[gclist] Guardians

Hans Boehm boehm@hoh.mti.sgi.com
Thu, 10 Apr 1997 11:10:22 -0700

On Apr 10,  9:53am, Jerry Leichter wrote:
> Using finalizers to close files is never going to work correctly, since the
> abstraction simply doesn't have any way to hide the details of file access.
> best, it can ignore those details - fine for simple-minded toy programs,
> for real systems.

This hasn't been my experience.  In at least some cases, the programs that rely
on completely explicit file management, though advertised as industrial
strength, tend to be the ones that break under stress.

I think nobody here would argue that files should only be closed by finalizers.
 Files should be closed explicitly, and errors handled suitably, whenever
that's convenient.  Most of Richard's examples typically fall into this
category.  Anytime it can be easily determined that a file will become
inaccessible at a certain program point, it should be closed explicitly.

I also would not rely on finalization to close files if you only have 20
descriptors available.  If the OS only gives you 20 file descriptors you will
often have to introduce a more plentiful notion of virtual file descriptors
anyway.  No modern UNIX version has such a restriction.  I presume modern
Windows versions don't either, though I haven't checked.

There are cases in which explicit file management is hard, and it makes sense
to rely on finalizers.  Here are 2 such cases I've run into.

1. The file is read lazily be a data structure which may be deeply embedded in
other data structures.  Cedar strings (ropes) supported treating a file as a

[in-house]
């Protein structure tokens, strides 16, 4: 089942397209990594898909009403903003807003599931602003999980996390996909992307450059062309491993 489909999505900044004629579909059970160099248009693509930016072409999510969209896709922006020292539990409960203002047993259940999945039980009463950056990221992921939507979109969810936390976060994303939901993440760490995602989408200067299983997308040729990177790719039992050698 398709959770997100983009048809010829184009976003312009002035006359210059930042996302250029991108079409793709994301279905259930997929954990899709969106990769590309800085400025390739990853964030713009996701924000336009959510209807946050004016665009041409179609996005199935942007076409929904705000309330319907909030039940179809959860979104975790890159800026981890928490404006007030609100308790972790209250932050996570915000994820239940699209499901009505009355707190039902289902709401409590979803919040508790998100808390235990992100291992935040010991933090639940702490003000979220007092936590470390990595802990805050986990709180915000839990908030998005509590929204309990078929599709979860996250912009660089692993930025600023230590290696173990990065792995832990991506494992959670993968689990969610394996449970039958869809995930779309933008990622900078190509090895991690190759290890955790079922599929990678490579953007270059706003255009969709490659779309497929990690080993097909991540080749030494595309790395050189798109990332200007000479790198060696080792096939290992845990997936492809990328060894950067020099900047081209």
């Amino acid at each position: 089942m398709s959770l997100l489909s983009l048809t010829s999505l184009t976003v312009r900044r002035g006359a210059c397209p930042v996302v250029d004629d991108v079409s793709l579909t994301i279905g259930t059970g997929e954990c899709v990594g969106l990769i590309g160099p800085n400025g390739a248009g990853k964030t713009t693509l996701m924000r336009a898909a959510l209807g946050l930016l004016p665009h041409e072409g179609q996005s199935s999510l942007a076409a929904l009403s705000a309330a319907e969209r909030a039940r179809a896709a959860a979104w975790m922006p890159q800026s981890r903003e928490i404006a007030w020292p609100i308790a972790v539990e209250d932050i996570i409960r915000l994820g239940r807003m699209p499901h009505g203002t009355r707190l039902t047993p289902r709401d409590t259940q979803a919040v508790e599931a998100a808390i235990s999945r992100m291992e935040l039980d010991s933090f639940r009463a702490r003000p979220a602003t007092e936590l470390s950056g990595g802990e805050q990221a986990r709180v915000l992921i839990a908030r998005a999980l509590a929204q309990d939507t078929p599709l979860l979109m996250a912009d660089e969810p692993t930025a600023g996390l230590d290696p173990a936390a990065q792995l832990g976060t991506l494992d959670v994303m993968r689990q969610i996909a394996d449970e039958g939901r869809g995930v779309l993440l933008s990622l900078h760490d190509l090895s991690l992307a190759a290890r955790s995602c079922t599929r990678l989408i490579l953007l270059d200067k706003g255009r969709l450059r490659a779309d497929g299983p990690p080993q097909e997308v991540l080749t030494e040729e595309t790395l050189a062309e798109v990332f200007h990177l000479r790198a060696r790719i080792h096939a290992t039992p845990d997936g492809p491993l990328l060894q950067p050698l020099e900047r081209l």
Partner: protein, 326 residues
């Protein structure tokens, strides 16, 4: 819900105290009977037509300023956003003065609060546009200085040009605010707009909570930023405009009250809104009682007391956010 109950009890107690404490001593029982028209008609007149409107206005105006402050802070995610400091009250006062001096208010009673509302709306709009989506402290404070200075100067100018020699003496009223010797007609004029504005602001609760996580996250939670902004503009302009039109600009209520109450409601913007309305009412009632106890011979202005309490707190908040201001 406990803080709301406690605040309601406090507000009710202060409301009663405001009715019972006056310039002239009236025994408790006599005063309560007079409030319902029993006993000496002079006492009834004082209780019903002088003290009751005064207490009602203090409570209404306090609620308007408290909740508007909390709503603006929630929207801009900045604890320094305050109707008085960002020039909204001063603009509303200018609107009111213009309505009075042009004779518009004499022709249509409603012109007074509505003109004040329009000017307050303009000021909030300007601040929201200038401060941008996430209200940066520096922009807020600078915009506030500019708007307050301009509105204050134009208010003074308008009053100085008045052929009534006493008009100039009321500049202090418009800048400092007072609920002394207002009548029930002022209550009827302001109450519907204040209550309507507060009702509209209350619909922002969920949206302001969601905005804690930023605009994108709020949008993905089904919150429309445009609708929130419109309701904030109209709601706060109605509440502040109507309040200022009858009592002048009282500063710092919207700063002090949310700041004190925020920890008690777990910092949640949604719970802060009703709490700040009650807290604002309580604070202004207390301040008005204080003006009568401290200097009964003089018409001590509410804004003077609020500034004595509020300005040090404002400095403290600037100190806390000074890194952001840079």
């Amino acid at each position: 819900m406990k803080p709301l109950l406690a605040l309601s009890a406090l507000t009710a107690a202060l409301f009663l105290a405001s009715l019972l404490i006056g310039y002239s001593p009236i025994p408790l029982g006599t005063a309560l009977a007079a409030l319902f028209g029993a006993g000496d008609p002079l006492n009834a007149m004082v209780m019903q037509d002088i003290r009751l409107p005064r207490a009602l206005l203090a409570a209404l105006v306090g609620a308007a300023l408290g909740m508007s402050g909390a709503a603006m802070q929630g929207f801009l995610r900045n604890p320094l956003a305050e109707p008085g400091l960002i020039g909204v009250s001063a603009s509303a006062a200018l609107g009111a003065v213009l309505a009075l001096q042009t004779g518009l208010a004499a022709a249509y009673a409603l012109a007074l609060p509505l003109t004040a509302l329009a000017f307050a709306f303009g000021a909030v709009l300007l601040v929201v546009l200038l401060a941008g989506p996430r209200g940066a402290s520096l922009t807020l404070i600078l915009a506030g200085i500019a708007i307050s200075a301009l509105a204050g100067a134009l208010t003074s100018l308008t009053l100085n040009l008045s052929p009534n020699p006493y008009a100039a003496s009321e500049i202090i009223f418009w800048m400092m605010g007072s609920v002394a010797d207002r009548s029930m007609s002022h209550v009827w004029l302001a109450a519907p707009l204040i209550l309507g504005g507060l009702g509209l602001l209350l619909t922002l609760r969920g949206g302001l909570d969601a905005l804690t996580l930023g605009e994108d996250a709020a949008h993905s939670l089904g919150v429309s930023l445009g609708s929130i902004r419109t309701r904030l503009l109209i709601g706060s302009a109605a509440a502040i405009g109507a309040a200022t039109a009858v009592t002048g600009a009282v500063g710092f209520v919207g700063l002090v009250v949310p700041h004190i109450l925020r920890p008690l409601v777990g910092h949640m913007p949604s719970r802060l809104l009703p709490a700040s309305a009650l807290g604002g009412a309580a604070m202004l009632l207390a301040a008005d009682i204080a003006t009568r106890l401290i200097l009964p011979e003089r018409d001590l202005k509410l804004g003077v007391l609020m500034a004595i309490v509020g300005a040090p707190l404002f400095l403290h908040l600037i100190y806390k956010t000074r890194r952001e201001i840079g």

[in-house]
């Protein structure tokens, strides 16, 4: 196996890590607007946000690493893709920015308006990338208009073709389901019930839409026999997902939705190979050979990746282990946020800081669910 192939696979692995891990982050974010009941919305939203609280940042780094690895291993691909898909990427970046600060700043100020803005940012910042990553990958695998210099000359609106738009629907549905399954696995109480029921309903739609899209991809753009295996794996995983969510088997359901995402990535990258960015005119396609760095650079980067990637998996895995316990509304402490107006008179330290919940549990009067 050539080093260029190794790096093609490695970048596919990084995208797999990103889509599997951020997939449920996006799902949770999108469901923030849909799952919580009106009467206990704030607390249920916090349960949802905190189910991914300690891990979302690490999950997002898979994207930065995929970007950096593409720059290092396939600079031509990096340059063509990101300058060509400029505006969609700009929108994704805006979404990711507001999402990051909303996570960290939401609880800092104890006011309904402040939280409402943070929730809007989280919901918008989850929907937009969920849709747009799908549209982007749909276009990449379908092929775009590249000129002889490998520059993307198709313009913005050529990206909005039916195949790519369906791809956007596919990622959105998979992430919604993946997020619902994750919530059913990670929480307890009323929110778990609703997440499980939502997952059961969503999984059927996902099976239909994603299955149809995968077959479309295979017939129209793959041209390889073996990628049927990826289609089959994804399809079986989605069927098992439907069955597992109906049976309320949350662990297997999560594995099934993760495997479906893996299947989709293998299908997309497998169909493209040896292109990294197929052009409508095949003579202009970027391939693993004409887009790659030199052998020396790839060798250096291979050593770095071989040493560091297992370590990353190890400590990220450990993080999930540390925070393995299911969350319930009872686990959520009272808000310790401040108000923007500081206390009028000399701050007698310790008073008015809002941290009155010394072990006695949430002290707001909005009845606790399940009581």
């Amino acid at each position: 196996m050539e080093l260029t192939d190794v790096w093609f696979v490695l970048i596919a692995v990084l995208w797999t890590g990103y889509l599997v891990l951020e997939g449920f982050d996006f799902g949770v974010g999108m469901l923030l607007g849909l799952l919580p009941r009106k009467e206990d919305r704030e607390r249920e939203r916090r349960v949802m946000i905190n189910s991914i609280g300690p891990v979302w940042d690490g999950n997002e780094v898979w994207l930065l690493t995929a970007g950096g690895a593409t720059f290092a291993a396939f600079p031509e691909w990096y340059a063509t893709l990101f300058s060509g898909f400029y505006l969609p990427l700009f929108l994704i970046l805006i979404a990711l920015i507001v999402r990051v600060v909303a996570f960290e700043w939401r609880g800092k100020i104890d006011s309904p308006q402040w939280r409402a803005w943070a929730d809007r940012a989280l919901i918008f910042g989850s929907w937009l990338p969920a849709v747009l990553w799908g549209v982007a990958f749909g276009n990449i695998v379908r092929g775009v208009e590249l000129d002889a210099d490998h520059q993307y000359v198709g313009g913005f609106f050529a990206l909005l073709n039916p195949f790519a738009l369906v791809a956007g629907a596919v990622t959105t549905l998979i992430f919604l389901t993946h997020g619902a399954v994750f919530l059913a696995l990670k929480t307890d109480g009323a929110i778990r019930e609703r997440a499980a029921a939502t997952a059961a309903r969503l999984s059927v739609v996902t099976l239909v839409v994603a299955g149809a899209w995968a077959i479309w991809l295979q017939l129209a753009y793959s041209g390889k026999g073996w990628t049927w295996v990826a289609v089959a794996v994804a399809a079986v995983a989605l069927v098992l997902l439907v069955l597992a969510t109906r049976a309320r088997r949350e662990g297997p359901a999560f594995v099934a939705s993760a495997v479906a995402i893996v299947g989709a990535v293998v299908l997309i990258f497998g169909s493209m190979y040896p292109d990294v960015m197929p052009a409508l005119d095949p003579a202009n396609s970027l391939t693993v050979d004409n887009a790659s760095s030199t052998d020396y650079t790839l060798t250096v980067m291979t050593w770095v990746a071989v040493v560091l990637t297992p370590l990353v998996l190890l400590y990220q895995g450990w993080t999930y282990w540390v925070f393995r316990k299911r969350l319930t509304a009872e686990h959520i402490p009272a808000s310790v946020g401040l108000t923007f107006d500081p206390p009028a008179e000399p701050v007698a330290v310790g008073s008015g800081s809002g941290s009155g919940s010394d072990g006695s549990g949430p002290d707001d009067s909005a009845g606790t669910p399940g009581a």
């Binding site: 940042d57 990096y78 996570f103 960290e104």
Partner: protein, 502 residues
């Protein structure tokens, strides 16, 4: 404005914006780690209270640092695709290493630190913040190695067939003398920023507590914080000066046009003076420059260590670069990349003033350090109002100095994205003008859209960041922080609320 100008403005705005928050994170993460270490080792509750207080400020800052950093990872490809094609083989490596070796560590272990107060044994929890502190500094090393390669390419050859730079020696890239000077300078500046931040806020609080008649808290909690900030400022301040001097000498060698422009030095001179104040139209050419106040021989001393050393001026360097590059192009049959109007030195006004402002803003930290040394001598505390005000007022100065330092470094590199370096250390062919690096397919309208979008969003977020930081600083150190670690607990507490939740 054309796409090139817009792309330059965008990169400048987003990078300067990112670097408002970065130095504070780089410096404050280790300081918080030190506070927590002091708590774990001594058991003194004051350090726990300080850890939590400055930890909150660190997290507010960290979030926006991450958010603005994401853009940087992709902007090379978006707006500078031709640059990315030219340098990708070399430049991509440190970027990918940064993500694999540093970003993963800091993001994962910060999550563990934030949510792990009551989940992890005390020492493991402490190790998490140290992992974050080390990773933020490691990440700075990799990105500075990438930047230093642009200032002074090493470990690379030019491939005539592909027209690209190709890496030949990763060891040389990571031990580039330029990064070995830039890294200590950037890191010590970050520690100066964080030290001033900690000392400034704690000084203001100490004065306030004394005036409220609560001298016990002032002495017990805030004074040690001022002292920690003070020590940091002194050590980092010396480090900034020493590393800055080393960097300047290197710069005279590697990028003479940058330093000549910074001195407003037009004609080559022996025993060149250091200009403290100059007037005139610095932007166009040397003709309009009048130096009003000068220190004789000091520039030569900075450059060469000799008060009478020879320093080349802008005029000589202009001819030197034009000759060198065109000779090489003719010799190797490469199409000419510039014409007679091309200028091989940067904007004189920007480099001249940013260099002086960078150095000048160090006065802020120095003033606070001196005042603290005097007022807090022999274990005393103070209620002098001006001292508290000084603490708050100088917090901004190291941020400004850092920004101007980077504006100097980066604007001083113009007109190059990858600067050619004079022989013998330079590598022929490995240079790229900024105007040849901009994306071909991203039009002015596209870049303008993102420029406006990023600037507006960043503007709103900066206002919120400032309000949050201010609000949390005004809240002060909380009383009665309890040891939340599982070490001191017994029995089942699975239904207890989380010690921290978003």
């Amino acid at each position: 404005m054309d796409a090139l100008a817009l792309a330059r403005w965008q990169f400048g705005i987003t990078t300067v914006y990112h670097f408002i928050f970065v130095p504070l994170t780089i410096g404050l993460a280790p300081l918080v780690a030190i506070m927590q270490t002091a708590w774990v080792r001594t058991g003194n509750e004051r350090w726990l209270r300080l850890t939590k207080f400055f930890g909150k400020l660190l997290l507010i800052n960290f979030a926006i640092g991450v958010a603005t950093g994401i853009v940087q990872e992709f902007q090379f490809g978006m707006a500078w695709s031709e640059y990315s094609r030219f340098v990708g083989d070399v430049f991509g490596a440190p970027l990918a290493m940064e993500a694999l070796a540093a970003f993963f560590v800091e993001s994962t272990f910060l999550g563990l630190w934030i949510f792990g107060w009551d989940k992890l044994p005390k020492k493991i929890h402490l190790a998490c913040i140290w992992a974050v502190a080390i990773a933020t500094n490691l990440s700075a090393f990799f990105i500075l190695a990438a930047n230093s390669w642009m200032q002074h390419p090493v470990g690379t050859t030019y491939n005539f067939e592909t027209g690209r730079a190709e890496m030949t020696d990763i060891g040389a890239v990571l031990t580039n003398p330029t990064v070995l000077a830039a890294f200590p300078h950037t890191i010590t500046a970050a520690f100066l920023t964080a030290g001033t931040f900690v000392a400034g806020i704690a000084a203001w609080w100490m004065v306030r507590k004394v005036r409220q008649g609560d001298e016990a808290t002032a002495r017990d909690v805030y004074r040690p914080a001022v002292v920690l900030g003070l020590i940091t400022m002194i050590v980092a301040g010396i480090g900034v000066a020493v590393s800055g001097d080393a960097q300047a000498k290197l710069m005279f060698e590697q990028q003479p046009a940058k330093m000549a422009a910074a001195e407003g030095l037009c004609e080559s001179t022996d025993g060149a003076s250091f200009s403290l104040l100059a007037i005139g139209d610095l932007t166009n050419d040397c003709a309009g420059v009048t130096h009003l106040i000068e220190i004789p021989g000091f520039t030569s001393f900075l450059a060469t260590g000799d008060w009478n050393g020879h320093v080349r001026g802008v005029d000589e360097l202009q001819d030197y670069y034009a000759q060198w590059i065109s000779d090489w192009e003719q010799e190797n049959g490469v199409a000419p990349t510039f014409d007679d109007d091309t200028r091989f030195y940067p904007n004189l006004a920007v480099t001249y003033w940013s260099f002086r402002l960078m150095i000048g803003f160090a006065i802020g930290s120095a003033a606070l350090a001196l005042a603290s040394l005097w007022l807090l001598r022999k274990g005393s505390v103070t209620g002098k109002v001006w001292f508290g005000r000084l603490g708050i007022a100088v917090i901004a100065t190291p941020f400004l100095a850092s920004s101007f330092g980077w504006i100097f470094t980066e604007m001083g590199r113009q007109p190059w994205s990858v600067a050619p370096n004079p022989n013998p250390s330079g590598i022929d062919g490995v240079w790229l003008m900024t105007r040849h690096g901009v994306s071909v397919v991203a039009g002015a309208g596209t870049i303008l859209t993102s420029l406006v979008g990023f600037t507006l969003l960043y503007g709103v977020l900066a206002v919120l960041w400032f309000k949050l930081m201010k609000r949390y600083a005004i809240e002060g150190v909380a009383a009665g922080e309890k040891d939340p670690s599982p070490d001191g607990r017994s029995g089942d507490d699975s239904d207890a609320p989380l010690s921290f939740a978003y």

string, reading on demand.  I have built a a C package (cords in the GC
distribution) and a C++ package (rope.h, will hopefully be released shortly on
the SGI STL site) that also support this.  The file is read-only, so the close
is unlikely to fail.  If it does, you don't care (beyond perhaps wanting to
inform the user), since you already got the information you needed.  The "toy"
editor included in the cord package has been used repeatedly to look at files
that were too big for the "industrial strength" editors which performed
explicit file management, and tried to read the whole file into memory (swap
space, really).

2. Files that are accidentally dropped, typically as a result of other error
recovery actions.  These may really be program bugs.  Or the programmer have
made an engineering tradeoff, in deciding that it was not worth the extra code
and complexity to handle secondory failures during error recovery in the
optimal manner.

I also don't see why the finalizer necessarily has less information available:
 It can still have access to relevant global state.  If local state is likely
to be interesting, then it seems likely to me that the file could have been
explicitly closed.

In general, I still believe that finalizers are rarely needed.  But there are a
few cases in which you really can't get away without them.  The time spent on
this list discussing their interface is way out of proportion to their
significance.  I can easily live with Java finalizers or Guardians, in spite of
the fact that I don't agree with the interface design.


Hans-Juergen Boehm